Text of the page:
According to the Book of Revelation, the returning Christ arrives surrounded by seven candlesticks. In its author’s prophetic dream, “his head and his hairs were white like wool, as white as snow; and his eyes were as a flame of fire.” From his mouth issues “a sharp sword with which to strike down the nations.” It’s a startling image, created for symbolic purposes. Without a key to what those symbols mean, the text remains obscure. It is, after all, a vision given to a mystic hermit exiled on an island.
Many a Revelation-inspired magical grimoire from succeeding centuries also remains nearly incomprehensible to non-adepts. Such is the case with the “strange 18th-century manuscript called Clavis Inferni (key of hell),” as Benjamin Breen writes at Slate. “Filled with invocations, cryptic sigils, and paintings of supernatural beings” — such as the illustration from Revelation above — “the book defies interpretation — as it was meant to do.” Also, like Revelation, the text’s authorship is mysterious, and yet significant to our understanding of its intent.
The Key of Hell is attributed to a Cyprianus, a name that “probably refers to St. Cyprian of Antioch (d. 304 CE),” Breen writes in a post at Atlas Obscura, “a very common apocryphal attribution for medieval magical texts, since Cyprian was reputed to have been a powerful magician and demon-summoner before converting to Christianity.” The use of pseudoepigraphy — an author assuming the name of a long-dead figure — was common practice throughout the history of both theological and alchemical writing. Rather than an attempt at deception, it could signal the continuation of a tradition of occult knowledge.
The title page of the Key of Hell “seems to date it to 1717,” writes Breen, but a Sotheby’s catalogue entry claims, “the script seems to be of the late 18th century” and dates it to 1775. At the Wellcome Library — who host the text online in its entirety — we find this “Harry Potter-esque” origin story:
Also known as the Black Book, [the Key of Hell] is the textbook of the Black School at Wittenberg, the book from which a witch or sorcerer gets his spells. The Black School at Wittenberg was purportedly a place in Germany where one went to learn the black arts.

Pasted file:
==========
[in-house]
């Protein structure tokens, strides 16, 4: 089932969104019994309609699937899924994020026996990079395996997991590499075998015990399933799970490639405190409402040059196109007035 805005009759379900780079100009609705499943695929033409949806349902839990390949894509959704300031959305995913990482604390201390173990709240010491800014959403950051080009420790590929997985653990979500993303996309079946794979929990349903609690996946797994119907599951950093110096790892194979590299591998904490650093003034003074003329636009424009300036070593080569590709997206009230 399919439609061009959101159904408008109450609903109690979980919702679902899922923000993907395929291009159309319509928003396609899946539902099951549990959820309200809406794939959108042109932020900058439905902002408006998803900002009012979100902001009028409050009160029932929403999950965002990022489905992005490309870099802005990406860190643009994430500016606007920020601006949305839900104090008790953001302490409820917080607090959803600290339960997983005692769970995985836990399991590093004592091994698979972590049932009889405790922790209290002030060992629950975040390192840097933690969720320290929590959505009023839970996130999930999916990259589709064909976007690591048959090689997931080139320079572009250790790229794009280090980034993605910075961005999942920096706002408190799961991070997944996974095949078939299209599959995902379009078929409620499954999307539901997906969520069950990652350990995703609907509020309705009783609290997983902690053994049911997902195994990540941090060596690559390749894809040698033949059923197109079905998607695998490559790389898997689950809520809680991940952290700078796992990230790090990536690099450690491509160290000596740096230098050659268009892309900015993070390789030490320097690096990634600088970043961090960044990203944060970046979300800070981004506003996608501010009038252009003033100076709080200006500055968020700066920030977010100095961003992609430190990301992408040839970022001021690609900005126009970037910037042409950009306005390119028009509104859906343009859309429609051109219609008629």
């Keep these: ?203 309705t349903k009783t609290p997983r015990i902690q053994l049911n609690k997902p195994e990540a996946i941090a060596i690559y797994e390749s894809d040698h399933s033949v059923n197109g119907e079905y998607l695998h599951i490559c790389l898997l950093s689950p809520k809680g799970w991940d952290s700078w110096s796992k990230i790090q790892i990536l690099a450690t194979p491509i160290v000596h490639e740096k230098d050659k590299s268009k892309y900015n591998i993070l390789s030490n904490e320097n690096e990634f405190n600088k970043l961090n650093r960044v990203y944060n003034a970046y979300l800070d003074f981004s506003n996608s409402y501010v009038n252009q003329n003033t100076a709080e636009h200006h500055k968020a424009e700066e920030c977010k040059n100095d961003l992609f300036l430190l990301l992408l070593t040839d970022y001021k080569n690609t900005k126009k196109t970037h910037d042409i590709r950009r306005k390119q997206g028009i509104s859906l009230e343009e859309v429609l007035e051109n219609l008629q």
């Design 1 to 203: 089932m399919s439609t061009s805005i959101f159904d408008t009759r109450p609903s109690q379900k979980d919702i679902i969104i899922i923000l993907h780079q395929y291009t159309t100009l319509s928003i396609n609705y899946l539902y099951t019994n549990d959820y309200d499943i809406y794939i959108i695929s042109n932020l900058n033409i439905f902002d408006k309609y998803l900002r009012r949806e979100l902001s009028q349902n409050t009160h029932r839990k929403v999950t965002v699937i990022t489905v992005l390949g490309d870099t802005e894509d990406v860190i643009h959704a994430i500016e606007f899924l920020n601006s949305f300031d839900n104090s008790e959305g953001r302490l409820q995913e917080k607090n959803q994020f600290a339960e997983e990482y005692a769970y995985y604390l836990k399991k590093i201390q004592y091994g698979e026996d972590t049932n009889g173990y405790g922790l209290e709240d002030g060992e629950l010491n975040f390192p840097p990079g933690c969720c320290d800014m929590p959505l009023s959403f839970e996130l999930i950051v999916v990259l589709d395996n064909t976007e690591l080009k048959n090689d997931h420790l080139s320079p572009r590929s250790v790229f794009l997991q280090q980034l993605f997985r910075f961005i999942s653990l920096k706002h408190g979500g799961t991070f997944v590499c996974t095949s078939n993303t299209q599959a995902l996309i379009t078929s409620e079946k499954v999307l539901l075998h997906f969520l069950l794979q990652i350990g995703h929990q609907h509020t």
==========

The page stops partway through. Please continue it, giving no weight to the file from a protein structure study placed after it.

Written in Latin, Greek, Hebrew, and “the Magical Alphabet devised by occultist Cornelius Agrippa in his Third Book of Occult Philosophy from 1510,” notes Flashbak, the manuscript is “filled with invocations to spirits and demons — including a Hebrew invocation for summoning God.” (It also includes helpful instructions for banishing summoned spirits.) The manuscript’s full Latin title — Clavis Inferni sive magic alba et nigra approbata Metatrona — translates to “The Key of Hell with white and black magic approved by Metatron,” an archangel in the Talmudic and Kabbalist traditions. The use of this name suggests the spells within come from a higher authority.
Breen, however, found some unusual commentary on the book’s possible author, including the idea in Denmark that Cyprianus was “a fellow Dane so evil during his lifetime that when he died the devil threw him out of Hell,” writes professor of Norwegian literature Kathleen Stokker. Cyprianus was so enraged by this treatment that “he dedicated himself to writing the nine Books of Black Arts that underlie all subsequent Scandinavian black books.” Another apocryphal story identifies Cyprianus as a “ravishingly beautiful” Mexican nun from 1351 (?!) who met a “gory” end.
Whoever wrote the Key of Hell, and for whatever reason, they left behind a fascinating book of sorcery full of curious illustrations and a cryptic cosmology. See Breen’s attempts to decipher some of its key symbols here and make your own with the full text at the Wellcome Library.